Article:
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31 Jul 2009 | Text and photos by Amery Reuben
Malaysian car stories 101
The Perodua Myvi was and is an important development for Perodua. No, not because it's something radically new. And it doesn't take a genius to tell you that it's a re-badged Toyota Passo and Daihatsu Sirion.
So it's all good then, this business of badge engineering. Proton started off this way and Perodua had the Daihatsu Mira manufactured under license for Malaysians as well (read: Kancil).
Slowly building confidence under mentorship by Japanese engineers, the engineers at Perodua were able to dole out a big facelift to the Kancil by the end of the 1990s, and public demand further boosted their confidence. But their desire to upgrade to a bigger car meant that Perodua lost out to in sales to its competitors.
Great timing then, that during the 2002-2005 period, Daihatsu restructured a major part of Perodua's manufacturing operations - a move which enabled Perodua to play a bigger part in planning its product line. This also meant that it would be actively involved in this new model's joint venture, playing a critical role with the input of information, much like what was the case with the Peugeot-Citroen-Toyota joint venture that created the 107, C1 and Aygo respectively.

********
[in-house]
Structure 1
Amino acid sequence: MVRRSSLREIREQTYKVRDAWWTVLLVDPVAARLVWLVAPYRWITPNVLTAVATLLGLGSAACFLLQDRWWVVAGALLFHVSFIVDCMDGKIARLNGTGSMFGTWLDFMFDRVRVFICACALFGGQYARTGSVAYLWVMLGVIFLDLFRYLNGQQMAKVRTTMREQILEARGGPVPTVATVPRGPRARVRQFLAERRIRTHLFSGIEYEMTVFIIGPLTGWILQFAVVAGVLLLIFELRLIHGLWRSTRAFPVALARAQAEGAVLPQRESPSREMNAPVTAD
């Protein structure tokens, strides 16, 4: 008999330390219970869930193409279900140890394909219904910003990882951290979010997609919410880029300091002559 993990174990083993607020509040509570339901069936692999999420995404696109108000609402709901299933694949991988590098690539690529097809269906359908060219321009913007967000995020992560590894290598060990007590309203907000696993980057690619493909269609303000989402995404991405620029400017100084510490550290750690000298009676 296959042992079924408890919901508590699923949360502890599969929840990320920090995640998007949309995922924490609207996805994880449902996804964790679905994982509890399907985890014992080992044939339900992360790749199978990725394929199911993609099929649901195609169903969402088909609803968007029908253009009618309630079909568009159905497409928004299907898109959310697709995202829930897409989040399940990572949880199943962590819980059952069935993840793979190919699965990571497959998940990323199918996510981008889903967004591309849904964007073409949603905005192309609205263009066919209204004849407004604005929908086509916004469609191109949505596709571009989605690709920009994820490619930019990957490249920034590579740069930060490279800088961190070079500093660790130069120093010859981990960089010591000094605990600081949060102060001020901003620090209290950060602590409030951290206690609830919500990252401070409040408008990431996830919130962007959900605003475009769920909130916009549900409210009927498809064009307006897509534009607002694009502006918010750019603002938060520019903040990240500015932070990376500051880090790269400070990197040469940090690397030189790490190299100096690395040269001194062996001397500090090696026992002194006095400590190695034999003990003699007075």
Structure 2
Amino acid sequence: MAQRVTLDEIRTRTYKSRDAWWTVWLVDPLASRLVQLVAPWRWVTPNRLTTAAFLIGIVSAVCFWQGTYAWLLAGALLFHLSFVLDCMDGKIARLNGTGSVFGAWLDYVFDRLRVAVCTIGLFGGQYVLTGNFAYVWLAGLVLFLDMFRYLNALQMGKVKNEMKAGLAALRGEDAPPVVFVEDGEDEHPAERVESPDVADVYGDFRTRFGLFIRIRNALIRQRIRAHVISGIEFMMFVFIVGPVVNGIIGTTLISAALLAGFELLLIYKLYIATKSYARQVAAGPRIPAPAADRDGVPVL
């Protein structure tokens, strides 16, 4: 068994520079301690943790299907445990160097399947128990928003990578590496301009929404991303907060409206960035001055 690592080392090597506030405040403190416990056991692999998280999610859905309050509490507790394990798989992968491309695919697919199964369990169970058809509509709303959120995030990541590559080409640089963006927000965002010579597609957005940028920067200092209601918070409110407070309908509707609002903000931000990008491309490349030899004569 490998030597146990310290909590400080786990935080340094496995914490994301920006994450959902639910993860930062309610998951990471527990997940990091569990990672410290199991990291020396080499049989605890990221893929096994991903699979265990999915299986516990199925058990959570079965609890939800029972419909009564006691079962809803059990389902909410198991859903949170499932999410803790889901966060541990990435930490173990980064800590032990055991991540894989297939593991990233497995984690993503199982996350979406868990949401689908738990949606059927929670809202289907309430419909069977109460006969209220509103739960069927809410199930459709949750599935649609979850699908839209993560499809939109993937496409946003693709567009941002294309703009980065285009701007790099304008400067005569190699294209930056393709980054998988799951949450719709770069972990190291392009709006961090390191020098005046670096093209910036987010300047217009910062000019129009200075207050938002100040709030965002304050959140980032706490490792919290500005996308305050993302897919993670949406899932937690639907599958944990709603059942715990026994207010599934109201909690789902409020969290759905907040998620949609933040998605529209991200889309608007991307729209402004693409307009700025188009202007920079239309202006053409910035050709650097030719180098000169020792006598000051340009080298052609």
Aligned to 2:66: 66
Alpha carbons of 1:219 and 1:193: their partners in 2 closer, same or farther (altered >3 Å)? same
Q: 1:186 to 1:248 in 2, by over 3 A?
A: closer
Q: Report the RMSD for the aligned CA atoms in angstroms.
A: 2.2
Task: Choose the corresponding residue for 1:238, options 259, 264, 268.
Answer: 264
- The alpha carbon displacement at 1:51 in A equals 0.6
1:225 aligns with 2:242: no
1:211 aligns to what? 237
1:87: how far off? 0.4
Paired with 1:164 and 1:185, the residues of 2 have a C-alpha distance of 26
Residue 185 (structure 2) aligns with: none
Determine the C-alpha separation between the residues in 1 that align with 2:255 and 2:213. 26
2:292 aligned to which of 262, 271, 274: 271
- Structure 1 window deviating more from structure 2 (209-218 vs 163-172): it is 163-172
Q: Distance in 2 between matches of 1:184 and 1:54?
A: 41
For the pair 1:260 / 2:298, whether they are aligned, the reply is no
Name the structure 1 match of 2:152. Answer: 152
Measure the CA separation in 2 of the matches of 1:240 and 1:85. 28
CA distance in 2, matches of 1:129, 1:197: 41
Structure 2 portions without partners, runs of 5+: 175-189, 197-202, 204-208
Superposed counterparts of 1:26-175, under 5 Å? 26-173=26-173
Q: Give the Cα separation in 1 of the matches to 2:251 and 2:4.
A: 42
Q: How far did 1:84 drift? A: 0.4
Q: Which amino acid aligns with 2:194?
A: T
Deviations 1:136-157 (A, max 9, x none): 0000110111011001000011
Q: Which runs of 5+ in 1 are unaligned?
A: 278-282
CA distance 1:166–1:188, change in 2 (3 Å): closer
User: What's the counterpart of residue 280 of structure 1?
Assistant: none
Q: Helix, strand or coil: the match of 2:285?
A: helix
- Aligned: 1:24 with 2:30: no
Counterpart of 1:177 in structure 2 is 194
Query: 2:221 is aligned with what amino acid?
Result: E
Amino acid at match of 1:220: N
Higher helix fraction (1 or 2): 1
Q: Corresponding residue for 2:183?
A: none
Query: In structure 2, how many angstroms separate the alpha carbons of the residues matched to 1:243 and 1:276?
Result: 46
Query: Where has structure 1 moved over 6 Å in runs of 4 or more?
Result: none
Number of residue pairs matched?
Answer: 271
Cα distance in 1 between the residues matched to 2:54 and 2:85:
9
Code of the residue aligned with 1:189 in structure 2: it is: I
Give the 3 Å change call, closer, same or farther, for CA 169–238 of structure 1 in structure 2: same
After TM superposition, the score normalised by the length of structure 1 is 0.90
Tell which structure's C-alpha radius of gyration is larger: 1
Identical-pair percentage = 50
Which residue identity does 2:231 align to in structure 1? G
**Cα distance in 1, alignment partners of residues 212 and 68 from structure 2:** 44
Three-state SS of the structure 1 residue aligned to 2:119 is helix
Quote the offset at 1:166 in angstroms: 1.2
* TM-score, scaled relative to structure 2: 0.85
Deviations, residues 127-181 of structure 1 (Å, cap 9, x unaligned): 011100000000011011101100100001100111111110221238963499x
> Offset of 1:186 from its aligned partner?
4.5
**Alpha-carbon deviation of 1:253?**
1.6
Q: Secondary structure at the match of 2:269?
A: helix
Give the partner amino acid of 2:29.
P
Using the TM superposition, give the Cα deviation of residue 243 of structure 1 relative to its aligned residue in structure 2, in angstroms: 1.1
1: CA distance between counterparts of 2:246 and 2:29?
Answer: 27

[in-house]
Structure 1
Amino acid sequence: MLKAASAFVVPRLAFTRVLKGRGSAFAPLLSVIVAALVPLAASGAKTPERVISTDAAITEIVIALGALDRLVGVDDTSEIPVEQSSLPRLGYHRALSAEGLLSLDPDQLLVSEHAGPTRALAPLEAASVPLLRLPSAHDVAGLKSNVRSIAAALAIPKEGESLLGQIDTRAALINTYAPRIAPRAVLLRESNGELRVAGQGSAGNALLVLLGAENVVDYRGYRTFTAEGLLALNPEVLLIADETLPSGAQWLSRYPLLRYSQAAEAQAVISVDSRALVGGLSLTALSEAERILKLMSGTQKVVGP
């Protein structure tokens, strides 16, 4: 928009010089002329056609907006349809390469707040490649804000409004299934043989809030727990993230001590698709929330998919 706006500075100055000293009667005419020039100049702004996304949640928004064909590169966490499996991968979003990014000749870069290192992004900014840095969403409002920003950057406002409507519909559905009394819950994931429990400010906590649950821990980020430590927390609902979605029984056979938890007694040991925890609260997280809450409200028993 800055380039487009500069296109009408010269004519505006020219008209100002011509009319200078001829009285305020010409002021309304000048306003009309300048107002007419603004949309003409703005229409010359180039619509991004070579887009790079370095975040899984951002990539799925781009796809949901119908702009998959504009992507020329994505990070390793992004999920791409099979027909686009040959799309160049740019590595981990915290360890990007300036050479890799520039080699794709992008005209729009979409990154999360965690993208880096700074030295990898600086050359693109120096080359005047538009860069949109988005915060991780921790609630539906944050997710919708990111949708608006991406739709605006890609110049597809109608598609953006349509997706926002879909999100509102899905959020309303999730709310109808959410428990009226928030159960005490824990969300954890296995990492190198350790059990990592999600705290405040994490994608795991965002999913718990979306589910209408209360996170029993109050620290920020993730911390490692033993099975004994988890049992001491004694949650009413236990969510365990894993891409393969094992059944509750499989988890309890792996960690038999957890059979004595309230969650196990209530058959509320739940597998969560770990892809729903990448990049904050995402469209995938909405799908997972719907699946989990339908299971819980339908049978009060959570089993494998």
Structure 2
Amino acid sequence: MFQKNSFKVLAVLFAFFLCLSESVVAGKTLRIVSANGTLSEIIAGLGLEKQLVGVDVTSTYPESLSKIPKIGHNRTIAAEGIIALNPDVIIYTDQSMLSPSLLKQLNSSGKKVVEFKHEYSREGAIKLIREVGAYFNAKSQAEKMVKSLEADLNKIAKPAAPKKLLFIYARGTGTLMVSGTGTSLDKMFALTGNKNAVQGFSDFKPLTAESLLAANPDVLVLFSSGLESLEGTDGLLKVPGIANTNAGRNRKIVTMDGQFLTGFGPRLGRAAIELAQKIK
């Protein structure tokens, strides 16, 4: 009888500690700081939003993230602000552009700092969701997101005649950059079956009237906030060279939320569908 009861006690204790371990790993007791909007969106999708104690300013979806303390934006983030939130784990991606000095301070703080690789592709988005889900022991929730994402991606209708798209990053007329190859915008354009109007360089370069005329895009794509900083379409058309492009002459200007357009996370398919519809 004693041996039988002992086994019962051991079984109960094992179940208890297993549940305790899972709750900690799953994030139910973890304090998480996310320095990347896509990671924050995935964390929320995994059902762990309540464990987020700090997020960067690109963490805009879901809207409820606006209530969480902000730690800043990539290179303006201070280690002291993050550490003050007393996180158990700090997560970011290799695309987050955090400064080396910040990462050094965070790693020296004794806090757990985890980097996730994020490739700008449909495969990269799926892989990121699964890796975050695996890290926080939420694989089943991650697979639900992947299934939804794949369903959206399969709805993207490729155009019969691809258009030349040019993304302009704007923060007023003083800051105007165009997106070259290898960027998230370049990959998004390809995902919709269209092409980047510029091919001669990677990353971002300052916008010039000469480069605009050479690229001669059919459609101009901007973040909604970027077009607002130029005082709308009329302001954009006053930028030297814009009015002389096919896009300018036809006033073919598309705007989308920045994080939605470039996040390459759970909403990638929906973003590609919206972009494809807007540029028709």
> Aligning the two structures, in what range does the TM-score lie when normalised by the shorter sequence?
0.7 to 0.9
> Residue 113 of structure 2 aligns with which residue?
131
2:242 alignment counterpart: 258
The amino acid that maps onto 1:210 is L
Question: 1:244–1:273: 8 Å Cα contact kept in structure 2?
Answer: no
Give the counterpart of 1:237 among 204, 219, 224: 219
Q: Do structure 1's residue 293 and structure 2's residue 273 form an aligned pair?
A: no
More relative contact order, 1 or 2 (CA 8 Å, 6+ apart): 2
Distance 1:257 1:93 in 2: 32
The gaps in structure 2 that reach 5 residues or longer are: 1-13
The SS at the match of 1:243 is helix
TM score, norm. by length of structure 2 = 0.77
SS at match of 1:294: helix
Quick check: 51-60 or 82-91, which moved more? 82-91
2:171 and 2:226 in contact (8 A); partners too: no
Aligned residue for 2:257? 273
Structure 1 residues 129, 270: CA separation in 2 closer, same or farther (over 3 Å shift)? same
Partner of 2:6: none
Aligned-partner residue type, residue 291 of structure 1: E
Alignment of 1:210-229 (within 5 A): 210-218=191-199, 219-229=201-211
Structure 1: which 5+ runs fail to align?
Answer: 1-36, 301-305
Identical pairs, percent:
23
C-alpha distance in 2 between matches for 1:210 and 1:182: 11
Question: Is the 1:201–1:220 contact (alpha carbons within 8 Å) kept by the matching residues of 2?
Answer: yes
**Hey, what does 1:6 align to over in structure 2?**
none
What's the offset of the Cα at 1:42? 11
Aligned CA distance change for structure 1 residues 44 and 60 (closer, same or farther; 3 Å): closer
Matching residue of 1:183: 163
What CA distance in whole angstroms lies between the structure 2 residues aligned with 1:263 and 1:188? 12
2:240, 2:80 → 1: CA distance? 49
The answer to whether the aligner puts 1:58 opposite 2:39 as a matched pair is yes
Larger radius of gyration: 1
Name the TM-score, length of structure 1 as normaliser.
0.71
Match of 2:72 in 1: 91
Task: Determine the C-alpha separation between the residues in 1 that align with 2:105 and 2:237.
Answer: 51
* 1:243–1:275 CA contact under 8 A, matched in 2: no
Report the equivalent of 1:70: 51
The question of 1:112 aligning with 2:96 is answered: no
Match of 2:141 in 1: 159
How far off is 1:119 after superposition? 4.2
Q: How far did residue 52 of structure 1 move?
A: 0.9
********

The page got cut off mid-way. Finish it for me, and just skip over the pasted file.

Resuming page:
That's how Perodua got a fair share of the Myvi, and in a big step forward from the past too. In typical early Proton fashion, Perodua would have only received the final design brief, of which allowed only minor cosmetic modifications to be made so their product would be remotely "more unique."
The other benefit of this joint venture in design and manufacture would be the inevitable application of stringent Japanese-like quality control measures. Perodua claims that out of 10 Myvis produced, only 2 are found to be defective, a much easier figure to stomach when compared to the last time they released those figures some years back.
That's not particularly fantastic when compared to cars actually produced on Japanese soil, but it is of course, a vast improvement for Malaysia. Moreover, Perodua has claimed to monitor and improve on the consistency of these levels.
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